Scripturally Based Answers For life's Questions
People often wonder what baptism is all about. The Bible says, “There is one body and one Spirit—just as you were called to the one hope that belongs to your call—one Lord, one faith, one baptism.” What does it mean, “one baptism”? Is there only one? No, there are a number of them referred to in the Scriptures, but what this is referring to is that there is one “ultimate one” or “primary one,” and all the other ones only reflect that one, in other words, they are all symbolic. It is not that they do not matter, for they are all important and demonstrate a certain aspect of the Christian faith, but they do not have any bearing on the salvation of the soul. One of the differences between the Old Testament and the New Testament is that the “old” acts of obedience were for the purpose of demonstrating what God was going to do in the future, especially Jesus’ coming and being the sacrificial Saviour of the world. They were generally based on a promise God had made to people. The “new” acts of obedience are based upon what God did, they are reflective—I do because God did. Salvation is complete, and all our acts of obedience only reflect and declare that. So baptisms are always to reflect and declare, that is, baptisms done by man’s hands. In the New Testament, they reflect what God did and declare that one stands with Him. Here are some short explanations of the main baptisms recorded in the Bible.
The water baptism of John the Baptist—this is an Old Testament baptism called “The Baptism of Repentance.” CLICK-Mark 1:4 says “for the forgiveness of sins.” But we must remember that it was an Old Testament baptism, it was for what was to come as CLICK-Acts 19:4 explains, “Paul said, ‘John baptized with the baptism of repentance, telling the people to believe in the one who was to come after him, that is, Jesus.’” The baptism simply declared that Jesus Christ was about to come, and those being baptized made a public declaration that they stood in agreement with that and were awaiting His coming and His forgiveness.
The water baptism of the believer—this baptism has a few purposes:
It serves as a confession, for by it, we confess that we believe in Jesus Christ as the Messiah, the Savior, and we have placed our trust in Him and have received Him—CLICK-Acts 8:30-37.
It is a mark of identification, by it, we declare that we stand with Christ, we identify ourselves to have died with Him and then are risen with Him to live for Him—demonstrated in CLICK-Romans 6:1-11.
It is an act of obedience, and by it, we demonstrate our submission to God. Baptism is a command—CLICK-Matthew 28:19, and we show that Jesus is Lord by obeying.
It is a reflection, wherewith we outwardly demonstrate what God has done within us.
It also serves as a declaration, for by it, we declare the truth, the gospel of our salvation, as CLICK-Acts 2:37-47 demonstrates.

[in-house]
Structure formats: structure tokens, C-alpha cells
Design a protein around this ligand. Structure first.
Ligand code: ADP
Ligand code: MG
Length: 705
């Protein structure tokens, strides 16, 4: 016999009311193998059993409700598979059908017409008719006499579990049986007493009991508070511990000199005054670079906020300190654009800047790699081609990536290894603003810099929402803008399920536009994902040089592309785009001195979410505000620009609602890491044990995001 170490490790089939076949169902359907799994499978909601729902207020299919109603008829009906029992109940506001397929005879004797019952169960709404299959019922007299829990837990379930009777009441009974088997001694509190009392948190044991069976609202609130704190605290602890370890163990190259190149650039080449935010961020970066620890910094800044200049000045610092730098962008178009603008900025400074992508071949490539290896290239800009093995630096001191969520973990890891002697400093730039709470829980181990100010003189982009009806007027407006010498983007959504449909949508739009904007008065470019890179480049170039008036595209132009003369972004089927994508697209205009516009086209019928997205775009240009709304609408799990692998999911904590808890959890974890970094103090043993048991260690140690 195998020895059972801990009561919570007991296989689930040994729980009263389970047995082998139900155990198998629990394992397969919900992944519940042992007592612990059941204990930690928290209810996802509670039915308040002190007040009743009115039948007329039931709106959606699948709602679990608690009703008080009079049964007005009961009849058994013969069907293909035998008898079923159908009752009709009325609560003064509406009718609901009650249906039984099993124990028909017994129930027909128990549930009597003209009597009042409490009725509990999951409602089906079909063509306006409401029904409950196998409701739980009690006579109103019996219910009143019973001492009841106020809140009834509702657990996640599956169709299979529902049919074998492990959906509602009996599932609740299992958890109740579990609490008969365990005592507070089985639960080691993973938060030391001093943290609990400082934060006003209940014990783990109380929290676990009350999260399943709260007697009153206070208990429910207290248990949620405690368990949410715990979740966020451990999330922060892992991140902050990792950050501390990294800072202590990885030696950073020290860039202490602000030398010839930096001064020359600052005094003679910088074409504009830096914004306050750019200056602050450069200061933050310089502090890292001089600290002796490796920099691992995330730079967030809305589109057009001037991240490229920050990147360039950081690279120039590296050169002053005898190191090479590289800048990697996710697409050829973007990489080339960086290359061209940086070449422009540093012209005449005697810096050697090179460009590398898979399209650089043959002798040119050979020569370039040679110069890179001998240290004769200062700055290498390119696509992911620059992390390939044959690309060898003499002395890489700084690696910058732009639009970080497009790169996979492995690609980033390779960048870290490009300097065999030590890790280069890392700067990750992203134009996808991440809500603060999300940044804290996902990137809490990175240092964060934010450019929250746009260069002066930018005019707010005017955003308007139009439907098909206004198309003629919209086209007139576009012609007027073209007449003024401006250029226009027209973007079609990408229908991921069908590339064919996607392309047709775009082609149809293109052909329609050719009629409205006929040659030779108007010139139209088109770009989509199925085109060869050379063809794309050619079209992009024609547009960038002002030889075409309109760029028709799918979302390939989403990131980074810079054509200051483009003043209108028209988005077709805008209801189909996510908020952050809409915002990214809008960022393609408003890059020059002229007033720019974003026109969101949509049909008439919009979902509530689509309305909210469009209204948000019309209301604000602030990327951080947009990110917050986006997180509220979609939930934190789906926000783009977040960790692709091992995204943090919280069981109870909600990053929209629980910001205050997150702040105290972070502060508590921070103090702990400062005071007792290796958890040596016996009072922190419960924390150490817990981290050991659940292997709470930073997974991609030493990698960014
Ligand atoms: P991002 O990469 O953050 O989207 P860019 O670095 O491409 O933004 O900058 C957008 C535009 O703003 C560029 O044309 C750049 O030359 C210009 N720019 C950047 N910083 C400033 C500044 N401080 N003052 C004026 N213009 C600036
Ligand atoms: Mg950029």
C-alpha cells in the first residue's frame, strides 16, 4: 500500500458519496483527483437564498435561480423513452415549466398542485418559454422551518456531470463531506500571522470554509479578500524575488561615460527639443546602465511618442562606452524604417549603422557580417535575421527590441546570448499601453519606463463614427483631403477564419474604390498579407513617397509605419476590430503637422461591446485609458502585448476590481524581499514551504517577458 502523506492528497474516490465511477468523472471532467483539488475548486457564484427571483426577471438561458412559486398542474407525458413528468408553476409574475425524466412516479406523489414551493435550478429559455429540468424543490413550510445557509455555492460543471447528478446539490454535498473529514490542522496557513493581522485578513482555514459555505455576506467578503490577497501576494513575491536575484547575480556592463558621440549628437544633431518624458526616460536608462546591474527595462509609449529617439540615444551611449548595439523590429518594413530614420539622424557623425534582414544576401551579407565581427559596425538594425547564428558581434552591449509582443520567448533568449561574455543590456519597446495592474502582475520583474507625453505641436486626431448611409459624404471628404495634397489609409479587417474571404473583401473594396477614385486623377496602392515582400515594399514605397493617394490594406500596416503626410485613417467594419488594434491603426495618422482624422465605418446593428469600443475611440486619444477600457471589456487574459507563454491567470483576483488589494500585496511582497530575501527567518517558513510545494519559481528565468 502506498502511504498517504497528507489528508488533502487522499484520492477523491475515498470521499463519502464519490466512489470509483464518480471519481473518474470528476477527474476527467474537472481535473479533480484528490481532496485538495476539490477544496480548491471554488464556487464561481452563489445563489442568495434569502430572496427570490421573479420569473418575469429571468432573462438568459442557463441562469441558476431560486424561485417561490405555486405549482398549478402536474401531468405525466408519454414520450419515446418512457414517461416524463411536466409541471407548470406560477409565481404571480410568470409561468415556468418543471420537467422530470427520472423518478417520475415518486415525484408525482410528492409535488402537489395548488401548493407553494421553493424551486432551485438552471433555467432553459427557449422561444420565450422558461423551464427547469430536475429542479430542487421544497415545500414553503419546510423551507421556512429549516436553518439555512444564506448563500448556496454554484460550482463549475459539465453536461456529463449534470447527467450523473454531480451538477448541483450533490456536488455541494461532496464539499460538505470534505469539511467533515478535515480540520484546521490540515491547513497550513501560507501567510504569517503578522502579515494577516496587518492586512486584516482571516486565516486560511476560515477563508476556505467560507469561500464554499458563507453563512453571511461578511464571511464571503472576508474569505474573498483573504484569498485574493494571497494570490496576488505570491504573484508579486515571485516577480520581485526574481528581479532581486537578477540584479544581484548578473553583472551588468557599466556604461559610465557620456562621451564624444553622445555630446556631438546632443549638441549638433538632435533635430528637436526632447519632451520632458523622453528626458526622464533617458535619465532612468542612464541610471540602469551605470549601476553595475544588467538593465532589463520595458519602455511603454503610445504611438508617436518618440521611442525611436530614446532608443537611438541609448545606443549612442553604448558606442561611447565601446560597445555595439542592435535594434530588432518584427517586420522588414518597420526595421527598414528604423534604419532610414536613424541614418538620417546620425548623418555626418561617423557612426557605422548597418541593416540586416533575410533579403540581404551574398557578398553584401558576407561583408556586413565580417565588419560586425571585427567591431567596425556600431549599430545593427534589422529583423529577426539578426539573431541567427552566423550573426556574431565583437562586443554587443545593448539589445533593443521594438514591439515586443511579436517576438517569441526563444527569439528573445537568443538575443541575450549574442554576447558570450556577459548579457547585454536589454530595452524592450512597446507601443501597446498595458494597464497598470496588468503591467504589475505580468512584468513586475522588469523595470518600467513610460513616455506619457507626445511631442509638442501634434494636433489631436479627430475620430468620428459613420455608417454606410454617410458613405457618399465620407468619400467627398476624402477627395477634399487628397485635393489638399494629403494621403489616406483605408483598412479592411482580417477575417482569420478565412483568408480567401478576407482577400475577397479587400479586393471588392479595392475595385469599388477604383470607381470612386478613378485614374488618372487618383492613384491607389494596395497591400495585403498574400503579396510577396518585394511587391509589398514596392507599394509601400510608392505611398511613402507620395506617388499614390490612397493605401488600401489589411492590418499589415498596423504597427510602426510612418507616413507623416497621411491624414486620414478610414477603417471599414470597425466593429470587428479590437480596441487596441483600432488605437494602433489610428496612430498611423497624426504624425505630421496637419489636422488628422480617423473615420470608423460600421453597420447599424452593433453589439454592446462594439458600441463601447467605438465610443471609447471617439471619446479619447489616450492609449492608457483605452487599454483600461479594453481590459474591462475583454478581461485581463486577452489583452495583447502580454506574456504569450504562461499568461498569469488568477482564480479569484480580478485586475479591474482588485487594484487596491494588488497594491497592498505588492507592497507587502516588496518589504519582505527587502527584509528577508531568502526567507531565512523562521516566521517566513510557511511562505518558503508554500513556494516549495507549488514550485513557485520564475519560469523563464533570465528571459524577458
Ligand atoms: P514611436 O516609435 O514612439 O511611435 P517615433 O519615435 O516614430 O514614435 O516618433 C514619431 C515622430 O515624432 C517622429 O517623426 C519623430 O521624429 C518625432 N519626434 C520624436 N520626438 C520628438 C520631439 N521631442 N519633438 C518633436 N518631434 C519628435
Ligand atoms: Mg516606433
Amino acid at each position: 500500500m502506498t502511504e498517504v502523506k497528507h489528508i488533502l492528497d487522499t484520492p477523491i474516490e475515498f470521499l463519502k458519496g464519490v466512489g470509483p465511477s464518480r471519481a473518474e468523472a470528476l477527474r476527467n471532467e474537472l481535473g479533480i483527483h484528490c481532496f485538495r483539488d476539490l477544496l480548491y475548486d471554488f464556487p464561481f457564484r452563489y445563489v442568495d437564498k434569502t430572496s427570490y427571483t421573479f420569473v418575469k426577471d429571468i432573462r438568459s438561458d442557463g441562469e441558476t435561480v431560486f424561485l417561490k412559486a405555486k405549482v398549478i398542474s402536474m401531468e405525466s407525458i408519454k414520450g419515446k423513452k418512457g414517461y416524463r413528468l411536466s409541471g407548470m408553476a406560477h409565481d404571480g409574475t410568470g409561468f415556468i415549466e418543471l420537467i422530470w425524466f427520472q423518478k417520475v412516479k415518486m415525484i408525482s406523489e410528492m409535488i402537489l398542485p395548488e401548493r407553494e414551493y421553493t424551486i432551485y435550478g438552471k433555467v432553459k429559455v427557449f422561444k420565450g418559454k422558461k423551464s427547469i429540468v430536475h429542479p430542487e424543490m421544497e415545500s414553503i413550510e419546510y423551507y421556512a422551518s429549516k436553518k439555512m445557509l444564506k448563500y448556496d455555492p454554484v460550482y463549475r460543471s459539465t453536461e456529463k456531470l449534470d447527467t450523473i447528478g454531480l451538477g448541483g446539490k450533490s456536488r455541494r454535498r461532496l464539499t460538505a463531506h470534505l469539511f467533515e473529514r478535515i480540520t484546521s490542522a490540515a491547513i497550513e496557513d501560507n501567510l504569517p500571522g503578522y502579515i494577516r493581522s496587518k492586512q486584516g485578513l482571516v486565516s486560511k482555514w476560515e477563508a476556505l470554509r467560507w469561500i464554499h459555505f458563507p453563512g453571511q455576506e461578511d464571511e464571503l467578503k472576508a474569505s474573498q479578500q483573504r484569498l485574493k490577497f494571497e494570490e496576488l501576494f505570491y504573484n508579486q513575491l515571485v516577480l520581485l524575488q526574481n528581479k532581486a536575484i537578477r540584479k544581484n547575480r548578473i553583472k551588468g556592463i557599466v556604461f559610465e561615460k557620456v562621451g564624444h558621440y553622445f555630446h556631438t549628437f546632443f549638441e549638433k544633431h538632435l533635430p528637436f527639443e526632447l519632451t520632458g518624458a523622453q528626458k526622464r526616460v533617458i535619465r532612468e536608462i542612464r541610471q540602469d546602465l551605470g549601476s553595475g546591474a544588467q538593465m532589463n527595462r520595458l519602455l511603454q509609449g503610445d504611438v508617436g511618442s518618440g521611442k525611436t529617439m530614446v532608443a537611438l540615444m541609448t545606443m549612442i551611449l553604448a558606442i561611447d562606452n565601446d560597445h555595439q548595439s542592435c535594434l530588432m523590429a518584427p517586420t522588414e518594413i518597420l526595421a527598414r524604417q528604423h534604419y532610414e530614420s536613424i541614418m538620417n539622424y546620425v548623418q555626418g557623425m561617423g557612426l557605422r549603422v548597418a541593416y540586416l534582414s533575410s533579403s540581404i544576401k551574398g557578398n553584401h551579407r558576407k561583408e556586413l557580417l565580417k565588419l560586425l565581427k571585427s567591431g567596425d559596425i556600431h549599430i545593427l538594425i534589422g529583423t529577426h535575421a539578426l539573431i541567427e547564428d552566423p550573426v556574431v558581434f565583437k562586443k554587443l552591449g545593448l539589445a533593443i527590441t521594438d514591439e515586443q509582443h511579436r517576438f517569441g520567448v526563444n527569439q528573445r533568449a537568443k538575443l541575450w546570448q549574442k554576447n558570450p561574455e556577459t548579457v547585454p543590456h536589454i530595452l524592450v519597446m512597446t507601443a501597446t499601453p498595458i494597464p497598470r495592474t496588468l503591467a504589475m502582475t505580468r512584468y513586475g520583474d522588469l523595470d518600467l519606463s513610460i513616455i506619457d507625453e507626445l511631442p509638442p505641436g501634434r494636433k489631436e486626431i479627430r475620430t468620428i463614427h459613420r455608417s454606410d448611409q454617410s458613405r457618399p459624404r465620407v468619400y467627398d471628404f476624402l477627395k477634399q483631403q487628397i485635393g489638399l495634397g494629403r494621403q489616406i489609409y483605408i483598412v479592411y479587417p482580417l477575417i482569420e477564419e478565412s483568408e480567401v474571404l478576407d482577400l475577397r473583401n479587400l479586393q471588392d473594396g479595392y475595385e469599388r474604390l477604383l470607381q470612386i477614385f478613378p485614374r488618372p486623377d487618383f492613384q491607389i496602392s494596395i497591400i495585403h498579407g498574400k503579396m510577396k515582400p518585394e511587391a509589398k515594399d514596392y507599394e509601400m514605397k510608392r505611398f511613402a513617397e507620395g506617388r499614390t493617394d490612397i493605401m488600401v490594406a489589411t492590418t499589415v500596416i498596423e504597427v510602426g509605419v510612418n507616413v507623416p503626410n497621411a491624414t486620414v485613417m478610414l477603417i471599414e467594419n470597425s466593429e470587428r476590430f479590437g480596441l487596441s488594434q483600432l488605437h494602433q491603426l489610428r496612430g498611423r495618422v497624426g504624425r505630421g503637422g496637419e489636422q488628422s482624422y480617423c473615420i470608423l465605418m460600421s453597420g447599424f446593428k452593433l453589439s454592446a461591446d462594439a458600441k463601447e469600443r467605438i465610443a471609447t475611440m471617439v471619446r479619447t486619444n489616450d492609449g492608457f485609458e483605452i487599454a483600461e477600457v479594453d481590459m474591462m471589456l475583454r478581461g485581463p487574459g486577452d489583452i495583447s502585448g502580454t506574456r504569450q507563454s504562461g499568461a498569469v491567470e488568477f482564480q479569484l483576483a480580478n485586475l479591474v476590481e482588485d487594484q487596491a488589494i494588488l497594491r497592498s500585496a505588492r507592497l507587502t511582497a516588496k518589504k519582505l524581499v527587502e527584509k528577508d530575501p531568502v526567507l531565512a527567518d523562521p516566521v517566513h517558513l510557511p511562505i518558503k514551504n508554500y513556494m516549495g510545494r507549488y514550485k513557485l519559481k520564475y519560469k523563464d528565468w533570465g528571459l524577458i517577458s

Water baptism has no part in the salvation of the soul. I like what Paul said: “Christ did not send me to baptize, but to preach the gospel, and not with words of eloquent wisdom, lest the cross of Christ be emptied of its power.”—CLICK-I Corinthians 1:17. We are saved by receiving Jesus as Savior, and water baptism reflects that.
The baptism of the Holy Spirit
CLICK-I Corinthians 12:13 says, “For by one Spirit are we all baptized into one body.” When John the Baptist introduced Jesus, he said, “I baptize you with water for repentance, but he who is coming after me is mightier than I, whose sandals I am not worthy to carry. He will baptize you with the Holy Spirit and fire.”—CLICK-Matthew 3:11.
Jesus came for the purpose of dying on the cross and rising from the grave to pay the penalty of sin and defeat death for mankind, but He also came to baptize people with the Holy Spirit. Yet, He never did that during His earthly ministry, waiting until shortly after He returned to heaven, as is recorded in Acts chapter 2. He has been doing that ever since, to all those who receive Him as Savior as is referred to in
CLICK-I Corinthians 12:13. It is a baptism that takes place when a person receives Jesus Christ as personal Savior. It is a spiritual baptism that places all believers into the body of Christ. “For by one Spirit are we all baptized into one body.”
The baptism of fire. This baptism also happened together with the Holy Spirit baptism recorded in CLICK-Acts chapter 2. This fire came upon them, and as a result, they spoke the Word of God with boldness and people heard it, even in their own language. CLICK-Acts 1:5 says, “John baptized with water, but you will be baptized with the Holy Spirit not many days from now.” And verse 8 says, “But you will receive power when the Holy Spirit has come upon you, and you will be my witnesses in Jerusalem and in all Judea and Samaria, and to the end of the earth.” When this fire came upon them, it imparted and activated spiritual gifts, and by them, they were able to testify the works of God. It empowered them to communicate, minister and declare the gospel message as Jesus had promised.
This is a very short explanation of baptism, if you would like to understand it more you can click the link and watch the video. You can also search the Scriptures to see for yourself. If you have specific questions, please send us another message. God bless you.